Deadly Class presents a high school for assassins, populated by the progeny of the world’s greatest criminal assassins. Can an orphaned teen from the streets thrive or… even survive? Also, the 1980s.
Previously, in Deadly Class: In 1980s San Francisco, homeless teenager Marcus Lopez Arguello escapes from an encounter with law enforcement, only to find himself inducted into a school of assassins. But with no friends and a decidedly deadly atmosphere, is it better than life on the streets?
THE KOOKS AND ANTI-SOCIAL TYPES
Deadly Class bills itself as a comic about a training academy for assassins, but what’s within the covers is much deeper. The concept is ripe for an over-the-top spoof, but Rick Remender plays it straight, choosing to focus on recognizable human drama and conflict. The first issue was an incisive and troubling look at one kid’s life on the streets, until it transformed via a stunning action sequence into something more fantastical. Deadly Class #2 works in the same mode, treating with the familiar adolescent issues of alienation, bullying and finding one’s place. Remender’s assassin high has all the recognizable 1980s subcultures represented – goths, gangsters, jocks, preps, punks, straight edge thrashers, etc. The killers-in-training view their classes as any high schoolers do, with the assignment of murder handled in the same way as a frog dissection.
What makes Deadly Class good is how much of Remender is on the page. He’s made his youthful punk affiliation clear (both in issue #1’s back material and elsewhere), and the disaffection and righteous anger of Marcus feels personal and real. What I am interested in seeing is how Remender follows through on the thorny idea of assassination as a vehicle for social change. Issues of class and power are at the forefront of Deadly Class. While the school headmaster Master Lin makes it clear that one of the goals of the school to provide the underclass with a means of power, it seems odd that most of the characters are presented as scions of the politically and/or criminally powerful. As Marcus is a clear outsider to that power structure, it will be interesting to see what ramifications his attendance will have at the school.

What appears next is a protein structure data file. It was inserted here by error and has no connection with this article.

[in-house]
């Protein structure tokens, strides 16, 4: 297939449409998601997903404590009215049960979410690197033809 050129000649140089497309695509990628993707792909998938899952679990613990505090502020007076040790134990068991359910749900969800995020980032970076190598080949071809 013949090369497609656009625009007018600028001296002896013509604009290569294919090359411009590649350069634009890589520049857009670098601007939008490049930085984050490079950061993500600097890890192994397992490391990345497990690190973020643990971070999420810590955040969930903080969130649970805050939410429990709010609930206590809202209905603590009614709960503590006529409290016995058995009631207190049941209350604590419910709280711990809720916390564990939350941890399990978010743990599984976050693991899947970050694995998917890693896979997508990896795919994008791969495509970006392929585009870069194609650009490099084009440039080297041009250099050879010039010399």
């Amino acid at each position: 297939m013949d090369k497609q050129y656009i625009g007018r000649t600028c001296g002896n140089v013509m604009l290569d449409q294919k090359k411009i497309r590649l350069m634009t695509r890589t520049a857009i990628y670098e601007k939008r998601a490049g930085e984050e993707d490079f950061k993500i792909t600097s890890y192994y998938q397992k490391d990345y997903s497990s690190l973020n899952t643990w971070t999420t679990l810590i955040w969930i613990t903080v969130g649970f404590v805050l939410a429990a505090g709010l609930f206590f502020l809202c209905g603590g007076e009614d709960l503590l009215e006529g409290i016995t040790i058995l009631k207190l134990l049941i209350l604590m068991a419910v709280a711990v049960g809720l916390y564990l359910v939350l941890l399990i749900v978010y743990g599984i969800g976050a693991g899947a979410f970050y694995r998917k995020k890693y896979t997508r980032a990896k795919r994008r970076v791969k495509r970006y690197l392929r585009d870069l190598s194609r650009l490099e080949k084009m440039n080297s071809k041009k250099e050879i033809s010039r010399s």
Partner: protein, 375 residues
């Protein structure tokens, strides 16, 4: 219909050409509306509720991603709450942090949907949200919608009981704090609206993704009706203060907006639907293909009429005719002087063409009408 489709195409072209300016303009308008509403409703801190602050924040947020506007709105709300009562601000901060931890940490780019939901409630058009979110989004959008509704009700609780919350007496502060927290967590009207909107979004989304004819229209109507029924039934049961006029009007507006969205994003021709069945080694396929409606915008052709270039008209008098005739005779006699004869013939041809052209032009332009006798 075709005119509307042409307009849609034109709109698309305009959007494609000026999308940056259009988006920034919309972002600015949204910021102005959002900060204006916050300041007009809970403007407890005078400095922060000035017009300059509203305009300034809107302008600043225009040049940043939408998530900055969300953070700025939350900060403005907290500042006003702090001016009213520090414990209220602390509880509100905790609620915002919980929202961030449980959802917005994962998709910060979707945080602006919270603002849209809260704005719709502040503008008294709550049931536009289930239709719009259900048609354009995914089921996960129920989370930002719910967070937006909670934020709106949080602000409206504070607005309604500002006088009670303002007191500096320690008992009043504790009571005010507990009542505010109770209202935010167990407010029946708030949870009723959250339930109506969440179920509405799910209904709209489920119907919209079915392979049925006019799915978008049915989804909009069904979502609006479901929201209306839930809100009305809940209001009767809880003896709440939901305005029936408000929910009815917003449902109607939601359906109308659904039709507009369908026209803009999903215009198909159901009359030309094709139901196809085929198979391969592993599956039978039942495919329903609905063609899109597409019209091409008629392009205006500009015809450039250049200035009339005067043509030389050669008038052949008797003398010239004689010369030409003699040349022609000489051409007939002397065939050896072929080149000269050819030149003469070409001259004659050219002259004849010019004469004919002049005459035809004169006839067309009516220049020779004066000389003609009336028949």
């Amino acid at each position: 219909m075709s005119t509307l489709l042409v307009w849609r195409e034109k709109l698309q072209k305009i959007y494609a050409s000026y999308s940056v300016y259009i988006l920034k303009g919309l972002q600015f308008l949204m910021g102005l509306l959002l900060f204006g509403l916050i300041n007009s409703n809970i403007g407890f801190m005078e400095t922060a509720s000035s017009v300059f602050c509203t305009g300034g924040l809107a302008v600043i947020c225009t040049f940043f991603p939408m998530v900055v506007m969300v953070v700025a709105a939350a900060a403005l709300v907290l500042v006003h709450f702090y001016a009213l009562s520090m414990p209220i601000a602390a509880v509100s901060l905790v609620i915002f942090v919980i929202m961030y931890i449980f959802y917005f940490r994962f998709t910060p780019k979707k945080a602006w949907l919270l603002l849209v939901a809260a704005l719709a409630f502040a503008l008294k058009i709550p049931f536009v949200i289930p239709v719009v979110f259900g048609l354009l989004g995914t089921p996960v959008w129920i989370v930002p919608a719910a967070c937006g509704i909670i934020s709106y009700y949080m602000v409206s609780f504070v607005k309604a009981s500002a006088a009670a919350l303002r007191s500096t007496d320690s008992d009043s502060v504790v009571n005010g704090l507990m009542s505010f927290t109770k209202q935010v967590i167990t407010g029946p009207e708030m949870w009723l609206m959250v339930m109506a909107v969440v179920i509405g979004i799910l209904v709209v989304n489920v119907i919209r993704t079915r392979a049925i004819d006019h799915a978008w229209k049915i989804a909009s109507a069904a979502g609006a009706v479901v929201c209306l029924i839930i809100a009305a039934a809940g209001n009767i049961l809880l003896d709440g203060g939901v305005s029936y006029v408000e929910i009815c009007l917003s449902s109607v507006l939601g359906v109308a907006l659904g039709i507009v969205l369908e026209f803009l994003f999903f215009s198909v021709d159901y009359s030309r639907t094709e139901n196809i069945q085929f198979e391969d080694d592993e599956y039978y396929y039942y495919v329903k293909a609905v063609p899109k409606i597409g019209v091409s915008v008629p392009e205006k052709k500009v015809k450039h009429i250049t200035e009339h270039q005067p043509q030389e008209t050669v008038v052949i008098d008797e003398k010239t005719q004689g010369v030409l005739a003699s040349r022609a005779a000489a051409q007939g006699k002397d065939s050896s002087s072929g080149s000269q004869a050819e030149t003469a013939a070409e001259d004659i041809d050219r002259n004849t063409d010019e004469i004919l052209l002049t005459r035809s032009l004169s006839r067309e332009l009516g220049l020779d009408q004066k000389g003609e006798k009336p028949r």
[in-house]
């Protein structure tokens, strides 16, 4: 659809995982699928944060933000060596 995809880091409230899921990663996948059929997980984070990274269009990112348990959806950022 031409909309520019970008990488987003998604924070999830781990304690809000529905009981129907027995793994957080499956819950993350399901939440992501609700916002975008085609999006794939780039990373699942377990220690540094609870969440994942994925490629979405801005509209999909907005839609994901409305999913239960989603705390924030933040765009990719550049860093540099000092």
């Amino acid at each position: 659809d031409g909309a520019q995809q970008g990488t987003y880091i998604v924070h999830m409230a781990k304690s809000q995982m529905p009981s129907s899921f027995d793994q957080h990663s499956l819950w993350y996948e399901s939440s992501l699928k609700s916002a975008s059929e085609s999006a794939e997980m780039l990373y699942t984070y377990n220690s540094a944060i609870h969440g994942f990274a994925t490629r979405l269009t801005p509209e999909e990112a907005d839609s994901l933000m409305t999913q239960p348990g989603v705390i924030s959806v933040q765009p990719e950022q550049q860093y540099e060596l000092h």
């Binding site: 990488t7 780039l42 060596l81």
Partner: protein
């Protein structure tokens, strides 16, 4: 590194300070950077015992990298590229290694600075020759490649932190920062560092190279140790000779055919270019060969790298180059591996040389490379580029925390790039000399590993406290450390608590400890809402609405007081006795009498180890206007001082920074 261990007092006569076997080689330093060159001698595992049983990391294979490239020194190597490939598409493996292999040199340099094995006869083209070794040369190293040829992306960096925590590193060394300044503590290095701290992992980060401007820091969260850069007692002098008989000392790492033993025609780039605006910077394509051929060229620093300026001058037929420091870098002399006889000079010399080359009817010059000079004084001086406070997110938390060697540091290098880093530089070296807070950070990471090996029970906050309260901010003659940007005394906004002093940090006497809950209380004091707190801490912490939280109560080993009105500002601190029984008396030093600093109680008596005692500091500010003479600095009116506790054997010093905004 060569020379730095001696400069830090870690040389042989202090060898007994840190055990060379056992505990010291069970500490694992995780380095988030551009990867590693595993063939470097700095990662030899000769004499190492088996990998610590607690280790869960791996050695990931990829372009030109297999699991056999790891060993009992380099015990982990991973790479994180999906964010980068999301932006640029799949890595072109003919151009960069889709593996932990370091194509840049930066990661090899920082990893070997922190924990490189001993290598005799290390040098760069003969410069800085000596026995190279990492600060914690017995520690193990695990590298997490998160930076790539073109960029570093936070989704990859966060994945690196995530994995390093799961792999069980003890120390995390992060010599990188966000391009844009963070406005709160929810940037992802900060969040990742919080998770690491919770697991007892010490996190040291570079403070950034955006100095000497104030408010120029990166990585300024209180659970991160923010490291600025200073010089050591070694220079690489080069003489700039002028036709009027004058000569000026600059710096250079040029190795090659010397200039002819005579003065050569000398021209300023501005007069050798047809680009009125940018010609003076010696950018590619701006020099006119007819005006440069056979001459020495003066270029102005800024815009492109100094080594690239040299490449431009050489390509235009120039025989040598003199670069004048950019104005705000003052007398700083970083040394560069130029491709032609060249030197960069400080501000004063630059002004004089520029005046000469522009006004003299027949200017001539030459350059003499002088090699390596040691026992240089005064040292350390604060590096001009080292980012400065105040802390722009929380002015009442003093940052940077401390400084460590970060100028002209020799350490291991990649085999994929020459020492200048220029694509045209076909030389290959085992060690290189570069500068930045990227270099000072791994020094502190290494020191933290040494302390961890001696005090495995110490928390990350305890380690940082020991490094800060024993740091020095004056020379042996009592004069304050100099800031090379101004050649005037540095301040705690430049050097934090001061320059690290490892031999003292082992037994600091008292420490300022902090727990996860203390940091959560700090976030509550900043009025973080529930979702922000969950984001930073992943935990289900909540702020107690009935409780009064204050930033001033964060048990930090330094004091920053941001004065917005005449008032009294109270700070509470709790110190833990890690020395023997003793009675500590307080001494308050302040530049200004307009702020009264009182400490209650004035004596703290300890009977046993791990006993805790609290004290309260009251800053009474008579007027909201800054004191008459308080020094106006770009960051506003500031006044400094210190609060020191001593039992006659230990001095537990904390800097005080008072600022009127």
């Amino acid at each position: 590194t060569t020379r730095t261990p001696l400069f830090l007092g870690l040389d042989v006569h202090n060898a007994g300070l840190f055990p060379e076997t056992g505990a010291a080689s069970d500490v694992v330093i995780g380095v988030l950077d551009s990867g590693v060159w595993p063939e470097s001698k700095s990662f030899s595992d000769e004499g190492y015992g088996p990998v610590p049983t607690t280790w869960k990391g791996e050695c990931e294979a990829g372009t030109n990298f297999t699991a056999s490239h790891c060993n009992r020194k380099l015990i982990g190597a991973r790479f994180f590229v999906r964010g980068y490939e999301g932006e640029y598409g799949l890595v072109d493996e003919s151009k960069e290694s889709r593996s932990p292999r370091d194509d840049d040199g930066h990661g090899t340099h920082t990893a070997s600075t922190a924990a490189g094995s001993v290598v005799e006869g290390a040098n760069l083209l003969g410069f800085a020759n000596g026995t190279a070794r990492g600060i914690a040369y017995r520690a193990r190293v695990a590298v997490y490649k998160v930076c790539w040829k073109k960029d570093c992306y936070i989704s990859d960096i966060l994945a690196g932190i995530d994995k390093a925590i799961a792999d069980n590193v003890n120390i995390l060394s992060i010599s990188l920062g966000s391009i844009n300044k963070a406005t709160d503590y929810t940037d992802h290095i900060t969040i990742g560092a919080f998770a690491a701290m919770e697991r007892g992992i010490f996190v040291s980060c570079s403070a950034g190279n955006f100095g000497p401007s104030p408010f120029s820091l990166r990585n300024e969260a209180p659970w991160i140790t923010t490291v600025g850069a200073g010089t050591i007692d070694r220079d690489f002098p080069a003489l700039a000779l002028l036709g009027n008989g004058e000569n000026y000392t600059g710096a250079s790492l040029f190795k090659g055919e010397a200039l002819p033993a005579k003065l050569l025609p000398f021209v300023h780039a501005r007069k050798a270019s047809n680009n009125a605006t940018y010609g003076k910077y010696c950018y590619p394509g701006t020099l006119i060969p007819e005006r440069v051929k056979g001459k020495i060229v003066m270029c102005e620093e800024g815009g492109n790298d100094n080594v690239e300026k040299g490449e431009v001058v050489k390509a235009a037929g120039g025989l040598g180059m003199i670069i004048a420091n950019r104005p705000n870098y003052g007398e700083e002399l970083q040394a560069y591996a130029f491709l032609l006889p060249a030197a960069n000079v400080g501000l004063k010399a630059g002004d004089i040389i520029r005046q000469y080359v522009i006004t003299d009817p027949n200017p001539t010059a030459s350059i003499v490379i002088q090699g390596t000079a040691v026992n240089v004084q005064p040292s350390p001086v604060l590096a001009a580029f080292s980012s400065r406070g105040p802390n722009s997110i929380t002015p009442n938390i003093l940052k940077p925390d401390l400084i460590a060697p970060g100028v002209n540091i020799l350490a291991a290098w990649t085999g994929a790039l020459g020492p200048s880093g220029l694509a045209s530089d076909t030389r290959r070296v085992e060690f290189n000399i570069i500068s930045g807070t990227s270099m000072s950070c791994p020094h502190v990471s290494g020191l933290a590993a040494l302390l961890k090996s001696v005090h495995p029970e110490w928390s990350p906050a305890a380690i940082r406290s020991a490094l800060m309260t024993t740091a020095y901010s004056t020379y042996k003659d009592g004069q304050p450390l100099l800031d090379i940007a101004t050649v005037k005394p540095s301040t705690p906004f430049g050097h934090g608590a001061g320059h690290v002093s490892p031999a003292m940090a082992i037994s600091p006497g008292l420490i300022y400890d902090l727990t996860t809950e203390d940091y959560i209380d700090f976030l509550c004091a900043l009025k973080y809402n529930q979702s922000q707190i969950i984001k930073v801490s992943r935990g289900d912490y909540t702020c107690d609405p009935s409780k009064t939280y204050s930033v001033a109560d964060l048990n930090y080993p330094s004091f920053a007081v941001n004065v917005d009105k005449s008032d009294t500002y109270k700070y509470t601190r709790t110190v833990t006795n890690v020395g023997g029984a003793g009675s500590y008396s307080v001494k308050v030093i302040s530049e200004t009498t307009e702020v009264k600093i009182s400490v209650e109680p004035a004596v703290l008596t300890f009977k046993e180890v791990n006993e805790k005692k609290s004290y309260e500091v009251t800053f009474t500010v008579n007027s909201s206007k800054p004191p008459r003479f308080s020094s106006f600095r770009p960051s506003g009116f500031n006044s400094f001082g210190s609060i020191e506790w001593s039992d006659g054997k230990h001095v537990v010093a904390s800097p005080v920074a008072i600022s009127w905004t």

IT’S FULL OF JAZZ
The art on Deadly Class looks like something from Patrick Nagel (you know, the guy who did all those Duran Duran album covers), which is both evocative of the period and highly effective. One of Wes Craig’s strengths is in how he animates the character’s movements, with expressive body language and facial expressions. His panel layouts are economical and energetic, mixing nine panel pages with more dynamic structures as necessary. Lee Loughridge uses a stark palette, with each page having a consistent color temperature. He varies the controlling colors from scene to scene, giving the pages coherency without becoming monotonous. Craig and Loughridge work together perfectly, creating a visual flow to the story that should be the envy of lesser comics.
BOTTOM LINE: ENROLL TODAY
Deadly Class reads like a mixture of Morning Glories by way of John Hughes, with a sprinkle of Ennis-esque scatology and a liberal dash of Reagan-era punk disaffection. Marcus’s origin story, such as it is, derives explicitly from Reagan’s policies, specifically Iran/Contra and his defunding of psychiatric hospitals.While Deadly Class #1 created an interesting protagonist but barely introduced the plot, issue #2 expands the cast and sinks the plot hooks, creating a second issue just as good as the first. The only thing that gives me pause is the tonal whiplash presented by the newly introduced villain who bookends Deadly Class #2. He’s an animal lover in the most grotesque sense, and while I think it’s supposed to play for laughs, it seems at odds with the rest of the story.
Image should be commended for putting together a package that puts the Big 2 to shame. For $3.50, you get twenty-nine pages of story uninterrupted by ads, with some additional back material from both Remender and Craig. So not only is the content good, it’s also good value. Deadly Class #2 is a fantastic follow-up to a stunning debut, beginning a series that I think will rank amongst the best in 2014. Check it out.